A loft apartment for rent or for sale in New York City is generally defined as a large, open space, usually without any internal walls, and, up until recently, usually in one-time commercial or industrial buildings that have been converted into residential apartments. In addition to their wide-open feel, loft apartments are also characterized by high ceilings; exposed piping, ventilator tubes, and support beams and poles; wooden or concrete floors; as well as oversized, and often floor-to-ceiling, windows.

 

Loft apartments of this sort can be found in many neighborhoods these days, and throughout much of New York City. Certain areas of Manhattan, Brooklyn and Queens, however, are most likely to have loft apartments for rent or for sale from the original wave of commercial-to-residential rezoning, including Soho, Tribeca, and Chelsea, as well as parts of the Lower East Side, the Meatpacking District, Harlem, Hell's Kitchen, Williamsburg, Long Island City, Greenpoint, the Fashion District and several other pockets of the city that were commercial and/or the home of light industry well into the post-war years.

 

Loft apartments from this era of first-, second-, and third-wave conversions are sometimes referred to as "hard lofts" by real estate people, which simply means that these loft apartments are located within buildings that were once used for something else. "Soft lofts" are loft apartments which were constructed solely as residences, often in the last two decades, to take advantage of both the look and feel of loft-living, as well as the popularity of loft apartments. There is some disagreement about the location of New York City's first round of "hard lofts", but most people agree that the origin of the modern conception of the loft apartment began in Soho, in the late 1960s and early 1970s. At the time Soho—the historic and architecturally united area bordered by Houston, West Broadway, Canal, and Lafayette, running north to east--was largely deserted, having just ended it's time as "an industrial wasteland" of sweat shops and the like (and before THAT, the neighborhood was home to more bars and brothels than anywhere else in town… but that's another story). Artists and craftspeople, usually broke, creatively driven and seeking space in which to both work and (often secretly and illegally) live, began setting up their studios in these old factories and warehouses. As the neighborhood became more populated, outsiders saw how amazing some of the loft apartments were (or, more likely, they imagined what professional architects and designers could do with all that space), and a NYC love affair was born.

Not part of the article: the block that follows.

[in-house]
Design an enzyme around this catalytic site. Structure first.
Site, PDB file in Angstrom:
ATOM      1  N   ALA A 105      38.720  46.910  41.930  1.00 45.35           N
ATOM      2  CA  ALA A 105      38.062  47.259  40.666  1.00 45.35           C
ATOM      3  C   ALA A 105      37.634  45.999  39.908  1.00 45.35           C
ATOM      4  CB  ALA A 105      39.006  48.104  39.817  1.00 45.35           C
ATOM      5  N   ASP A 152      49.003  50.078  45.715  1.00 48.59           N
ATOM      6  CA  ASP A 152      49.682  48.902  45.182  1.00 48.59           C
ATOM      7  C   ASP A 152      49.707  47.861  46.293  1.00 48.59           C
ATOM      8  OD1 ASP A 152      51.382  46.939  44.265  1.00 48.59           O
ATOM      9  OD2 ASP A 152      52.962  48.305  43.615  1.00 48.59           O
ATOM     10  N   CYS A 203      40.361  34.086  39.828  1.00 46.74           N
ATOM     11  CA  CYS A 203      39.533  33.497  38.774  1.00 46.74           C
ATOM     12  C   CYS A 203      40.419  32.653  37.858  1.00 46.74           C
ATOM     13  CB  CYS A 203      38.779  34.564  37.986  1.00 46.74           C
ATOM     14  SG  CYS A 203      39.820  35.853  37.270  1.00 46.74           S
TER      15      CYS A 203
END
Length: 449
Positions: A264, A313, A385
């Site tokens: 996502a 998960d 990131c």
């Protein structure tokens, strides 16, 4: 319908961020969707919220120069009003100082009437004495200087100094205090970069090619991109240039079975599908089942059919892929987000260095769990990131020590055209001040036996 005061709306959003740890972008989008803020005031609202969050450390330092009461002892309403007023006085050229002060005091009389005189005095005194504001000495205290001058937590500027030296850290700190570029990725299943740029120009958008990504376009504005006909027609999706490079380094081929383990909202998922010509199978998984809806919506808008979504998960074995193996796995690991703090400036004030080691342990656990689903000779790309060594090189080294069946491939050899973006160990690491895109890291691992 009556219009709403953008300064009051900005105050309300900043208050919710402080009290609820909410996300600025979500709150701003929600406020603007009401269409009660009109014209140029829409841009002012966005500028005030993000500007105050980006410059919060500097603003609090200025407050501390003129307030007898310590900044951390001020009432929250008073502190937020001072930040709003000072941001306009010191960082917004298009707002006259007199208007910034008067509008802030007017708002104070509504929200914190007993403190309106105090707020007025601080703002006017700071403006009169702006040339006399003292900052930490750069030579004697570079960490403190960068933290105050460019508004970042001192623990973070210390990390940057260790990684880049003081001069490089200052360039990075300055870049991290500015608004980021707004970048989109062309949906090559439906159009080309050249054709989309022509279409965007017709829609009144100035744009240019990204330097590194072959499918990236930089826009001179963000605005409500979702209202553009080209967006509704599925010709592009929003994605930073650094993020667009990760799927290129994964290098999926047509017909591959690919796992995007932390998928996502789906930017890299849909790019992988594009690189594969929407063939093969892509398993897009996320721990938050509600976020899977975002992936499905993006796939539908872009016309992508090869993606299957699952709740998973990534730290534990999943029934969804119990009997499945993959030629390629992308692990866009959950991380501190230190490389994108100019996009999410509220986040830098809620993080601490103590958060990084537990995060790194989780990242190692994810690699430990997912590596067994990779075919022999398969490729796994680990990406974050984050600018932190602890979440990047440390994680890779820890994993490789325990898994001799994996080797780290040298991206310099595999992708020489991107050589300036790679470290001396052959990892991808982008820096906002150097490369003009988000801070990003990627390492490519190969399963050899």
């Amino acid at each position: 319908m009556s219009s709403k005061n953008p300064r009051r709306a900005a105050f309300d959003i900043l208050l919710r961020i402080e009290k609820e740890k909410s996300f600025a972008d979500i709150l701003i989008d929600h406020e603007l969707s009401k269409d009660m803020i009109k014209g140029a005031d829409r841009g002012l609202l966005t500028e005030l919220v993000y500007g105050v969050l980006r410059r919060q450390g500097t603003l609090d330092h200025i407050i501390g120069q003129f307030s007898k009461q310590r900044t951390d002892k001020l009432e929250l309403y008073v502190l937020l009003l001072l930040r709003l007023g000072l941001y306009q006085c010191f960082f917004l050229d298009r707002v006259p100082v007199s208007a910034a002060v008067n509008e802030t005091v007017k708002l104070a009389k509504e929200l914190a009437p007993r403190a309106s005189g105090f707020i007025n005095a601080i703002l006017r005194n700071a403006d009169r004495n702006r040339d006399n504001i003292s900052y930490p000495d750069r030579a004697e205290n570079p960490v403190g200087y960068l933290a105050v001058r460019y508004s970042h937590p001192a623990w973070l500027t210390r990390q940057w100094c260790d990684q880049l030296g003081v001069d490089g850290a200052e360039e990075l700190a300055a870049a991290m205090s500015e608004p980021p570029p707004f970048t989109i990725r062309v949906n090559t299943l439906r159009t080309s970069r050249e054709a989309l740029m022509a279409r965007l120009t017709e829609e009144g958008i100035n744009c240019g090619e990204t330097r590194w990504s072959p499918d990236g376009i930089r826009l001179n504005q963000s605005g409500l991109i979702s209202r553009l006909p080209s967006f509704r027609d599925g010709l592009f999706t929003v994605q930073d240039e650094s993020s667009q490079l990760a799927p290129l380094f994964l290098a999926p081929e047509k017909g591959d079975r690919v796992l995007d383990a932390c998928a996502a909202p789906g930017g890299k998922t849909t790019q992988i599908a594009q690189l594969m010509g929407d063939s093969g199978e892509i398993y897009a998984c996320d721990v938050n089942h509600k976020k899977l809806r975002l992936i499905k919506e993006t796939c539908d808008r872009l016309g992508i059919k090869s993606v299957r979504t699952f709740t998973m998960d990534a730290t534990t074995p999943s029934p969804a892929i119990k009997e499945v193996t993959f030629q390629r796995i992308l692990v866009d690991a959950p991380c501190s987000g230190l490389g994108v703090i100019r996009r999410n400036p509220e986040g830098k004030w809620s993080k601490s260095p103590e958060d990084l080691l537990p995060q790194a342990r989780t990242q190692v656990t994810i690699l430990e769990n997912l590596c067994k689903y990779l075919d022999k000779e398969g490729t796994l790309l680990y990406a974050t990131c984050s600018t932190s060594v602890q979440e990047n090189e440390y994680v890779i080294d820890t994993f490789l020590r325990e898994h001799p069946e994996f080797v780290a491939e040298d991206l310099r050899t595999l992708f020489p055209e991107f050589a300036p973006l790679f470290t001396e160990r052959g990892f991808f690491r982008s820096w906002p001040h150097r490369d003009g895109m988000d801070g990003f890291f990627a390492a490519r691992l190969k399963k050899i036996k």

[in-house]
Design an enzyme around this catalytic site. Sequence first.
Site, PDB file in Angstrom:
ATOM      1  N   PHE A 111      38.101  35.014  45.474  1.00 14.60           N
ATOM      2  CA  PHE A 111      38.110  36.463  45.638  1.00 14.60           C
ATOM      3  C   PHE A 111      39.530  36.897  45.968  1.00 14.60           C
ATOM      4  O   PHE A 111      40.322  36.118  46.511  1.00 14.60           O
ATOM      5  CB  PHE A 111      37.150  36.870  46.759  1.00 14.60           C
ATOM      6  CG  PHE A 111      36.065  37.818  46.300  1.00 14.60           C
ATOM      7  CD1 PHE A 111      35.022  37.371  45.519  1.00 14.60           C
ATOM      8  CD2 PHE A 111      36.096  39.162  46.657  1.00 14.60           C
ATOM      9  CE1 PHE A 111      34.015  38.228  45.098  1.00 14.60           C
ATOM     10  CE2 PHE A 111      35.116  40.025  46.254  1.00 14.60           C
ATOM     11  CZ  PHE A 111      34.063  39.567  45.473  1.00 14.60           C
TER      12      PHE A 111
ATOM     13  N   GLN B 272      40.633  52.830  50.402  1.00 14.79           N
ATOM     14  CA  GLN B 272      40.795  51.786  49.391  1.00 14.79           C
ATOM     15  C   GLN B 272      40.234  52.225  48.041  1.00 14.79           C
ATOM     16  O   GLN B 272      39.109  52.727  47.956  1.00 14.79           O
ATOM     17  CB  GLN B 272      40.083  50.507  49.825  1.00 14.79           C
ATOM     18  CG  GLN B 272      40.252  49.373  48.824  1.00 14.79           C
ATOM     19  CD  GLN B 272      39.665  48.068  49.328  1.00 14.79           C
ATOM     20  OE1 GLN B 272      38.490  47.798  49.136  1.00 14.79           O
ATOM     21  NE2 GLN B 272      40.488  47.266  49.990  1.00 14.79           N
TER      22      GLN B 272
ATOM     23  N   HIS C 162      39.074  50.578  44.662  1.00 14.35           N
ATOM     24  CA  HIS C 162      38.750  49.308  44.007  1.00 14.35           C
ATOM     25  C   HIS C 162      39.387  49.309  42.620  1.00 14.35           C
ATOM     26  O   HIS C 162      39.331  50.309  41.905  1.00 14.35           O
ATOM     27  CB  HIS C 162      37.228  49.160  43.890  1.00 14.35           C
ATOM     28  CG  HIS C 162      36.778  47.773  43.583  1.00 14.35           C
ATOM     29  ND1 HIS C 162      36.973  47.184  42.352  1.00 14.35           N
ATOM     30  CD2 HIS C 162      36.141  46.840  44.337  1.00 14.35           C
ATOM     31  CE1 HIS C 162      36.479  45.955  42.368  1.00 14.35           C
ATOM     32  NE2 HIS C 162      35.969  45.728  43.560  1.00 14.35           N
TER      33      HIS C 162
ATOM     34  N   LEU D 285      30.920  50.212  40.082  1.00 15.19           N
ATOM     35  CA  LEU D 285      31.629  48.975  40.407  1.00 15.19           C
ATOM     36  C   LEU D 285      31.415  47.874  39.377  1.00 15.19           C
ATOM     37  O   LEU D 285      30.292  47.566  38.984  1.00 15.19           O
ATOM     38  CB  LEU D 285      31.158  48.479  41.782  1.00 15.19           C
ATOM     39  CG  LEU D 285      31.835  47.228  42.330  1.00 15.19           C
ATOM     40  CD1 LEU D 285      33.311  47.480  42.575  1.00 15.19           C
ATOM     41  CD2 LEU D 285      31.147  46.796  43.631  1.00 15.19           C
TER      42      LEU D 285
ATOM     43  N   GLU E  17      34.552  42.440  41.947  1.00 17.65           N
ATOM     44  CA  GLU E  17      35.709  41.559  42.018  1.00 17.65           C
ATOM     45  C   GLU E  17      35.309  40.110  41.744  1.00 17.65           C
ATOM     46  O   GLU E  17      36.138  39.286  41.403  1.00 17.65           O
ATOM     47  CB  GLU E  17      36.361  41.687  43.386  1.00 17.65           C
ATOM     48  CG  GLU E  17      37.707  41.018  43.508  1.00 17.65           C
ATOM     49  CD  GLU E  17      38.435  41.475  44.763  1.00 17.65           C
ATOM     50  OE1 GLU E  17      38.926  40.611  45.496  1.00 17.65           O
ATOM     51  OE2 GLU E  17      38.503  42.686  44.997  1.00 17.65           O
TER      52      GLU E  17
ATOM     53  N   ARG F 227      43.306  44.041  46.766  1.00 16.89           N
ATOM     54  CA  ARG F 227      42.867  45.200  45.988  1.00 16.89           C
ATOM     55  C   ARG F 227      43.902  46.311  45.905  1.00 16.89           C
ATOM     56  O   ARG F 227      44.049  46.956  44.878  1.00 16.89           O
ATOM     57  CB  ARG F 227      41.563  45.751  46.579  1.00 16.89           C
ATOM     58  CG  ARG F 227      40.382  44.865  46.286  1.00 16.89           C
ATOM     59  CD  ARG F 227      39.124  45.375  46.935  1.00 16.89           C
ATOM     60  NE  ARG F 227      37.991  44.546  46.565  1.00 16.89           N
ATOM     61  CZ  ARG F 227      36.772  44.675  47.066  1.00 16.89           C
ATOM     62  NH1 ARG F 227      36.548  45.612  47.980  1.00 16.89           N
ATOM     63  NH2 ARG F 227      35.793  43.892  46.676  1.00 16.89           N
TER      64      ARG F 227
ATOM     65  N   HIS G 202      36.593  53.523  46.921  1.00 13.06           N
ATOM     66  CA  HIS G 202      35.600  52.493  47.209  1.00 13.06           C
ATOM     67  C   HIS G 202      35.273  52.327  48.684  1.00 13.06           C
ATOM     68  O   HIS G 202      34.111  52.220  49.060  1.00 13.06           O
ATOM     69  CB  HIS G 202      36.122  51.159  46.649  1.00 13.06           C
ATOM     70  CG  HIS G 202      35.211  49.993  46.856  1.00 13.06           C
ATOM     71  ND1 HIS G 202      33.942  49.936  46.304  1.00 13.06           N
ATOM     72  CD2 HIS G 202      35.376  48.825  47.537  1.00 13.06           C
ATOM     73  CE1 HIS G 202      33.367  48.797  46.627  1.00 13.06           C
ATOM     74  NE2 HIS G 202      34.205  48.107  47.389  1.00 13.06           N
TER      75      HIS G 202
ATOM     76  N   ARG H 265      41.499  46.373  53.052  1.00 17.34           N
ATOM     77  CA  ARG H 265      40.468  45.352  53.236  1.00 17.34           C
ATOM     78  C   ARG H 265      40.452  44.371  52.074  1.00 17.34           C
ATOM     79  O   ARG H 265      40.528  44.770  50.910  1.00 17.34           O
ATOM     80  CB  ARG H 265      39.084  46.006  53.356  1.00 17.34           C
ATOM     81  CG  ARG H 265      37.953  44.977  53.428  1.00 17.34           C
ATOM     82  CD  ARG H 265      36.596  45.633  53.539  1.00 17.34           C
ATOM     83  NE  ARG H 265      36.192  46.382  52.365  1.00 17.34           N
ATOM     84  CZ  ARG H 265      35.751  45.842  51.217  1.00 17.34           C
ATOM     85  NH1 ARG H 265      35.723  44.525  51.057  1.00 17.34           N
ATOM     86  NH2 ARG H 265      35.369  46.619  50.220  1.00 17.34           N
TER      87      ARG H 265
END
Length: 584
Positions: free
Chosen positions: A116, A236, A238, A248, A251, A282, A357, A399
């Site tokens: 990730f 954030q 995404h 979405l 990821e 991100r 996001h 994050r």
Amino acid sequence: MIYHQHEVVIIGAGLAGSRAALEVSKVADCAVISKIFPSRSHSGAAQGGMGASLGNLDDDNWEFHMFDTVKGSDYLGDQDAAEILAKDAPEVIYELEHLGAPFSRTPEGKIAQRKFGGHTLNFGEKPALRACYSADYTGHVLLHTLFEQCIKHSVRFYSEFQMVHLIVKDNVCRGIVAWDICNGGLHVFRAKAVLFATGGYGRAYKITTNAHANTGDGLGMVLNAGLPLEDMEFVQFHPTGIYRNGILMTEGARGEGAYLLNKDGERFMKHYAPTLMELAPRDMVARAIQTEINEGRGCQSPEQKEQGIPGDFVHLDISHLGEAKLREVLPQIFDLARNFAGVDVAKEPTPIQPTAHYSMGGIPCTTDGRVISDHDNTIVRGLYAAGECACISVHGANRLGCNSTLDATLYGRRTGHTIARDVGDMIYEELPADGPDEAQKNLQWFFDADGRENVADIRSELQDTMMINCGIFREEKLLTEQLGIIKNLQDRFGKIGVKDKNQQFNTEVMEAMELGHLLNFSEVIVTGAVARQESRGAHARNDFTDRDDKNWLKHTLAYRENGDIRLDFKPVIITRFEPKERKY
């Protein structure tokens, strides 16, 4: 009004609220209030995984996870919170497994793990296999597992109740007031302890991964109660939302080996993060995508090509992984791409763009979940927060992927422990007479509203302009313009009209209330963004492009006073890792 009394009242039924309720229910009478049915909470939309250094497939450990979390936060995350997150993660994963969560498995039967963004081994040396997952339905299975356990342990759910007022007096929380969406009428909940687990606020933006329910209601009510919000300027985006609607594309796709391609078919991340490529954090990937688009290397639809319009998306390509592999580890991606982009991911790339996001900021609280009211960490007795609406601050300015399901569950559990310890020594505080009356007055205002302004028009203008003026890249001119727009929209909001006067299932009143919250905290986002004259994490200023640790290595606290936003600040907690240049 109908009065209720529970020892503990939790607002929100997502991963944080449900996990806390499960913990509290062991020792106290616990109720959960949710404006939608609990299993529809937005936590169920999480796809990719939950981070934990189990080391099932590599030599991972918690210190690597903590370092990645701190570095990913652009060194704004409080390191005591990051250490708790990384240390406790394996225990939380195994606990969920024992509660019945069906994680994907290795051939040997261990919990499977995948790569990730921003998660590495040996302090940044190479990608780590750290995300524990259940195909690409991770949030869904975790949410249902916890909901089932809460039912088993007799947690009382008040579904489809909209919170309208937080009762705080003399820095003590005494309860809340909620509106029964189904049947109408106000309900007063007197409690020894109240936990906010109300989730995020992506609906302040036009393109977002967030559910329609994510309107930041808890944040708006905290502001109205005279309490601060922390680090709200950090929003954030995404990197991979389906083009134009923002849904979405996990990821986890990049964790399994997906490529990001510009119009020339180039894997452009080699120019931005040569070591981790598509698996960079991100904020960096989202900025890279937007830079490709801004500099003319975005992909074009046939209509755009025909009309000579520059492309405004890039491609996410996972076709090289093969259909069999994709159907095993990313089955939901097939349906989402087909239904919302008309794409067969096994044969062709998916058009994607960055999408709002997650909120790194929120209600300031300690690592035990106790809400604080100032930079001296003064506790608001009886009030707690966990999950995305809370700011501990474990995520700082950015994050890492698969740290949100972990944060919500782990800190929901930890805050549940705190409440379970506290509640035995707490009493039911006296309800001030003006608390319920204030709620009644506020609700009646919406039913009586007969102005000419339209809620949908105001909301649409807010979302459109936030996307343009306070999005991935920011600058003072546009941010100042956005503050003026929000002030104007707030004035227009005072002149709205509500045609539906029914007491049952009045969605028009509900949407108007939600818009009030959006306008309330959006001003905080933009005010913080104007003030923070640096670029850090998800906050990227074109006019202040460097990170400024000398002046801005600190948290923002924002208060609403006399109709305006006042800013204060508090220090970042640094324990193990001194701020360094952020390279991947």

Decorating NYC loft apartments, with all of that uninterrupted square footage, has its unique challenges and rewards. Some owners and renters of loft apartments prefer to keep the space minimal and open: a huge beautiful bed here, a mammoth dining table there, industrial racks and shelving doing the duty of dressers and closets, all out in the open with little more than rugs or other flooring delineating the different areas of the home. Other people, especially families who live in loft apartments, put up temporary screens or rolling walls in order to achieve an acceptable level of privacy when needed, without losing that great open feeling that make loft living so special.

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